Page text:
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ATPM 6.11
November 2000



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Review: Web Confidential for Mac and Palm

by Eric Blair,

Web Confidential for Mac 2.1


Developer: Alco Blom


Price: $20

Requirements: System 7 or higher.

Recommended: System 7.1 for shared menus, Mac OS 9 for Keychain.

Trial: Feature-limited (no PowerPC version, can’t create records after 30days).

Web Confidential for Palm 1.1


Developer: René Laterveer


Price: $20

Requirements: Palm OS 2 or higher, Palm Desktop 2.1 or higher.

Recommended: Palm Desktop 2.5.

Trial: Feature-limited (no HotSyncing, can’t create records after 30 days).

Back in issue 5.01, I reviewed Web Confidential 1.1. For those who don’t remember, Web Confidential is an application that keeps track of Internet addresses, passwords, and other personal information. At that time, I felt that Web Confidential was a strong program that did its job. There were several shortcomings, however. First, even though you could encrypt your data with either the Blowfish algorithm or MacPGP 2.6, there were several loopholes in the program that would allow others to view your passwords. Second, several of Web Confidential’s better features required you to use a specific application, as opposed to your Internet application of choice.

Web Confidential now stands at version 2.1. It includes some changes in the program itself. Also, Web Confidential now has the ability to sync with any Palm-compatible handheld, making certain features, like the ability to keep track of ATM numbers, much more useful.

On the Desktop

Although the name would imply that Web Confidential only tracks Web sites, it is capable of far more. Each Web Confidential file contains 15 categories for storing data; they are WWW Sites, WWW Forms, FTP Servers, Newsgroups, E-Mail Contacts, Login Accounts (Telnet), POP Accounts, Bank Accounts, Credit Cards, ATM/PIN Cards, Personal Data, Software Keys, Serial Numbers, Membership Numbers, and Miscellaneous. Each category contains five fields for data entry—usually a name field, one to three fields specific to the data type, and a notes field.

As you might expect, both the WWW Sites and the WWW Forms category are for Web sites. However, there is a difference in the types of sites each category expects. The WWW Forms category is for sites where there is a Web-based form asking for login information. This is the approach that you see on many e-commerce Web sites or Web-based mail services. The WWW Sites category is for sites which have no password protection, or which display an authorization window asking for your name and password. In my experience, the form approach is by far more common, but I still encounter sites that use the authorization window method. It is nice to see Web Confidential handle both types of sites.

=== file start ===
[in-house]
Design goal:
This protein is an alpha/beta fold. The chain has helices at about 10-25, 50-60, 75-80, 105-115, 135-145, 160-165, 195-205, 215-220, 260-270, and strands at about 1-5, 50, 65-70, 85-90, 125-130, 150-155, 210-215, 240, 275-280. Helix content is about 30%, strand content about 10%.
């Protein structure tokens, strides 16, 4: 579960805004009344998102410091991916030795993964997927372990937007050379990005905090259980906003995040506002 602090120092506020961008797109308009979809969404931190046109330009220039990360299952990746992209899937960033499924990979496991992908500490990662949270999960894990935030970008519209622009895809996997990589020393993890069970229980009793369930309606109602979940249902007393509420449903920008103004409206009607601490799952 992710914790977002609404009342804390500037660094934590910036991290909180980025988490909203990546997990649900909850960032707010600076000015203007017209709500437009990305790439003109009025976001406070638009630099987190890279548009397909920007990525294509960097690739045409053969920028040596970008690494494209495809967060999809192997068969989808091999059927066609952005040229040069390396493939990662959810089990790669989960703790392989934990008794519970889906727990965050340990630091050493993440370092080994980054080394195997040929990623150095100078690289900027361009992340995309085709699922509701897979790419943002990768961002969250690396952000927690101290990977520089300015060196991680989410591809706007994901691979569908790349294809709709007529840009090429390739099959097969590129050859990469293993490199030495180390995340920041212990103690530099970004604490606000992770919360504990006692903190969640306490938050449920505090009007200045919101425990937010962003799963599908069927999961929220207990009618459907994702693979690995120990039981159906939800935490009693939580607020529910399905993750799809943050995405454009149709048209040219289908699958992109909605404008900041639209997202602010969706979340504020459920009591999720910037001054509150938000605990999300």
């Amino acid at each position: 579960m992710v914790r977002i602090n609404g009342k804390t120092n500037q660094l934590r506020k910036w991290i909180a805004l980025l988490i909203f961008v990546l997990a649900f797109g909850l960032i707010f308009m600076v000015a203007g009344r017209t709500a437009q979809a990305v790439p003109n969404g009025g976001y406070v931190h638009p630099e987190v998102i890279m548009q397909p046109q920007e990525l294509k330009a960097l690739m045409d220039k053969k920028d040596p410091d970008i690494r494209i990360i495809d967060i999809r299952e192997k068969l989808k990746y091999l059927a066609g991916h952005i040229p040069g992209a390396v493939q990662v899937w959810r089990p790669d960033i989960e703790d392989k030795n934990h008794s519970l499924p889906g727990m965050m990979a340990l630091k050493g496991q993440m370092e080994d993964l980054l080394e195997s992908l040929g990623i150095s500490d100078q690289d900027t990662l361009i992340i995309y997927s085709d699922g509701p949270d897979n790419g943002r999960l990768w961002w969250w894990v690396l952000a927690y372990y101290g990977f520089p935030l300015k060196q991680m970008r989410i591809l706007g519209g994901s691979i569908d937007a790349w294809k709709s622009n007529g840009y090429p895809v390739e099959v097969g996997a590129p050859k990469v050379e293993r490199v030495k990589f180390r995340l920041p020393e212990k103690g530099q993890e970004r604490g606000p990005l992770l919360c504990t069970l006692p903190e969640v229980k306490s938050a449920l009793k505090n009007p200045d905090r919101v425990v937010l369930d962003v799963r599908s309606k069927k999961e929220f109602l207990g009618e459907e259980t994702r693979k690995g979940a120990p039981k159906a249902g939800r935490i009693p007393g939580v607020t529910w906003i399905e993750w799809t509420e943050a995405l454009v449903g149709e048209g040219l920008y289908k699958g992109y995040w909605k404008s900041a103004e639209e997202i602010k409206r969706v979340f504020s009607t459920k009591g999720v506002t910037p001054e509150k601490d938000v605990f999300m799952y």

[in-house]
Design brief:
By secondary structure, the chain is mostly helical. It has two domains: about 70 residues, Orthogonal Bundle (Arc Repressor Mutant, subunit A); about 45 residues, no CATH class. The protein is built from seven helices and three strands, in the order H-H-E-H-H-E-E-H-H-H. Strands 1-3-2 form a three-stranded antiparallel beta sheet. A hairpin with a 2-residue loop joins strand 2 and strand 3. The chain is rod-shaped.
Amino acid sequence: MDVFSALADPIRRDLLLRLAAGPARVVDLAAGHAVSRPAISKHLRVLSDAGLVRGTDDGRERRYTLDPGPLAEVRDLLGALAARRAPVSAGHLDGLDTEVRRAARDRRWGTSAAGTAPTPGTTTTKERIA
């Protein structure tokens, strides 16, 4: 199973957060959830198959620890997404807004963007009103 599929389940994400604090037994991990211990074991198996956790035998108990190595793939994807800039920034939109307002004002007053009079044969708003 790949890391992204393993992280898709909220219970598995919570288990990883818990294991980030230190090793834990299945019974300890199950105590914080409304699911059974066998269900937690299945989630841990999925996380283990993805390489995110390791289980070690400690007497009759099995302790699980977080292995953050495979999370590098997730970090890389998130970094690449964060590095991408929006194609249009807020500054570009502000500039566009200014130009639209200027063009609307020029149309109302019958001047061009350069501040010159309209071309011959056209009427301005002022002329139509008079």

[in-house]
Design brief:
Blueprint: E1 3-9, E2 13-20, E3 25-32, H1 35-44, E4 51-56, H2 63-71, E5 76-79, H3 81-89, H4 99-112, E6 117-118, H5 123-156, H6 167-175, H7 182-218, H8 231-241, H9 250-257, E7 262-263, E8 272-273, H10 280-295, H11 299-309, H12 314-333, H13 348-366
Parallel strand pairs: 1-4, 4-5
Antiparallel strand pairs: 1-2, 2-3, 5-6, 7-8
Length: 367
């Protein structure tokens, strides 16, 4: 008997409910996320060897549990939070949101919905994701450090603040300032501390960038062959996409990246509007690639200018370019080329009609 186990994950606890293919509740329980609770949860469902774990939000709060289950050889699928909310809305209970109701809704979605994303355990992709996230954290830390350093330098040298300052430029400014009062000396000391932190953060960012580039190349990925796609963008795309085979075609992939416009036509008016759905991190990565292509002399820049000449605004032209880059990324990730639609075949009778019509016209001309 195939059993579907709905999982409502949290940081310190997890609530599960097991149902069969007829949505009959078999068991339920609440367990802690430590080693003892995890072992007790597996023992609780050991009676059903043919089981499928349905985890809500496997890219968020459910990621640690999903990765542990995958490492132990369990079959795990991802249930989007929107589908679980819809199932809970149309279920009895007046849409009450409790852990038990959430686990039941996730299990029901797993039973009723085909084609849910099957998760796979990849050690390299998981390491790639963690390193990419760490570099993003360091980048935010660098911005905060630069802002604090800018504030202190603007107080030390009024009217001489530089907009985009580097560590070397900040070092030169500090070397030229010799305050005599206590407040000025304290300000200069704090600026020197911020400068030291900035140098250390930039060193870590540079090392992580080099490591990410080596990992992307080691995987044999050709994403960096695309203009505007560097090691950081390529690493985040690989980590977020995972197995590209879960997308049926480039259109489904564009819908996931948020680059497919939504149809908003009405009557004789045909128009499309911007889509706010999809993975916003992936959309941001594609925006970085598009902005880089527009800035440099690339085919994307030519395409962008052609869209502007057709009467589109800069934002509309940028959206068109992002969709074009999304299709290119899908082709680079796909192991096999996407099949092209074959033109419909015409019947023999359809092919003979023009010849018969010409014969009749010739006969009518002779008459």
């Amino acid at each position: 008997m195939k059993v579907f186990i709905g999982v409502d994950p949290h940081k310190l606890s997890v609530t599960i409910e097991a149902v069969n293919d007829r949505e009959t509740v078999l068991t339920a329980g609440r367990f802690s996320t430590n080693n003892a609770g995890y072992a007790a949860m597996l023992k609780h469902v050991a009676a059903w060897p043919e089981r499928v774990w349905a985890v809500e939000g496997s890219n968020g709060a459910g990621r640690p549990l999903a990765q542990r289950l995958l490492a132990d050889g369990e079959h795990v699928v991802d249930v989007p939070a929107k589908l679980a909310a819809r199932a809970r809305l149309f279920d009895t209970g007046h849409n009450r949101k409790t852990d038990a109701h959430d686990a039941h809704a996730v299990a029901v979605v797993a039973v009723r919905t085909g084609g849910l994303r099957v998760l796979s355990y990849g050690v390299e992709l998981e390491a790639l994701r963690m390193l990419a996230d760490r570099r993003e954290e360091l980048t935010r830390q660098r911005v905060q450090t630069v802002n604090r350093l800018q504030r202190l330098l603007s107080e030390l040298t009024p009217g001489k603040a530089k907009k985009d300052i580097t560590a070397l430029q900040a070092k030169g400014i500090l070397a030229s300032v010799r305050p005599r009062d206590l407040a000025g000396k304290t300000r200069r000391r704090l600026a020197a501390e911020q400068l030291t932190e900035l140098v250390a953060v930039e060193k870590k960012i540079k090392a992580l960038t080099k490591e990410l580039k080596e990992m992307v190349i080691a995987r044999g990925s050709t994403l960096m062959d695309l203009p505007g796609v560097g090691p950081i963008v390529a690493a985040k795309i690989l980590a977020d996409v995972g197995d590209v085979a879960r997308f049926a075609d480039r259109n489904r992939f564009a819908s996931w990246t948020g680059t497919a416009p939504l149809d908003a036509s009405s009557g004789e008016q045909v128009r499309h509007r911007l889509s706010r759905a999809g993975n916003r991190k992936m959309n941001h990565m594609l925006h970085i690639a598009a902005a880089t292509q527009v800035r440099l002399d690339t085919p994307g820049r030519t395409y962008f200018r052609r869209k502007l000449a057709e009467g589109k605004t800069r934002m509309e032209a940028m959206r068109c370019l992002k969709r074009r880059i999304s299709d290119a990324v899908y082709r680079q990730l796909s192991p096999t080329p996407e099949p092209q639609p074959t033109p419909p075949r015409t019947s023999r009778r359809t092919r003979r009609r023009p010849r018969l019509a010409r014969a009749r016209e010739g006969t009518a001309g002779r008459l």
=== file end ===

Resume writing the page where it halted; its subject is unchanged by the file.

In Web Confidential 1.1, dealing with forms was both one of the program’s greatest strengths and biggest weaknesses. Using Shared Menus, Web Confidential allowed users to access information about Web sites in the active Web Confidential file. If you were using Internet Explorer, you could send your name and password information from the information card to the server and be logged into the Web site. If you used Netscape Communicator or some other Web browser, you could not access this feature—all you could do was copy the password to the clipboard.

In Web Confidential 2.1, this has been fixed. You can now use this feature in Internet Explorer, Communicator, and iCab. Also, you can choose to have Web Confidential input this information to the Web site without submitting it or input only your user name. Unfortunately, these features do not seem to work with iCab if you have it set to open a new window whenever it receives a URL from another application.


The WWW Sites category is even better about providing access to the pages in the category—when you access a site, either by clicking the “Go” button in the Web Confidential application, or by selecting it from the lock and key menu when your Web browser is active, your name and password are sent to the server and you are logged in automatically.

Most of the categories behave as you would expect them to—the FTP Server category keeps track of FTP accounts, the E-Mail Contacts keeps track of e-mail addresses, the Credit Cards category keeps track of credit card information, etc.

Although Web Confidential 2.1 now allows any of the major Web browsers to use one-button form submission, there are still areas where it limits the programs it supports. First, to use Web Confidential to automatically log in to a telnet account, you’ll need BetterTelnet 2.0. Second, Outlook Express is required if you want to use Web Confidential to set up a POP account. These features won’t appeal to as many people as one-button form submission, however, so I don’t consider this a serious problem.

In my review of version 1.1, I complained that the simplicity of Web Confidential’s interface was both a strength and a weakness. There were three issues that I touched on in that review—the Go button, the Check drop-down menu, and extraneous fields in the E-Mail Contacts category. These issues, listed below, remain in the new version.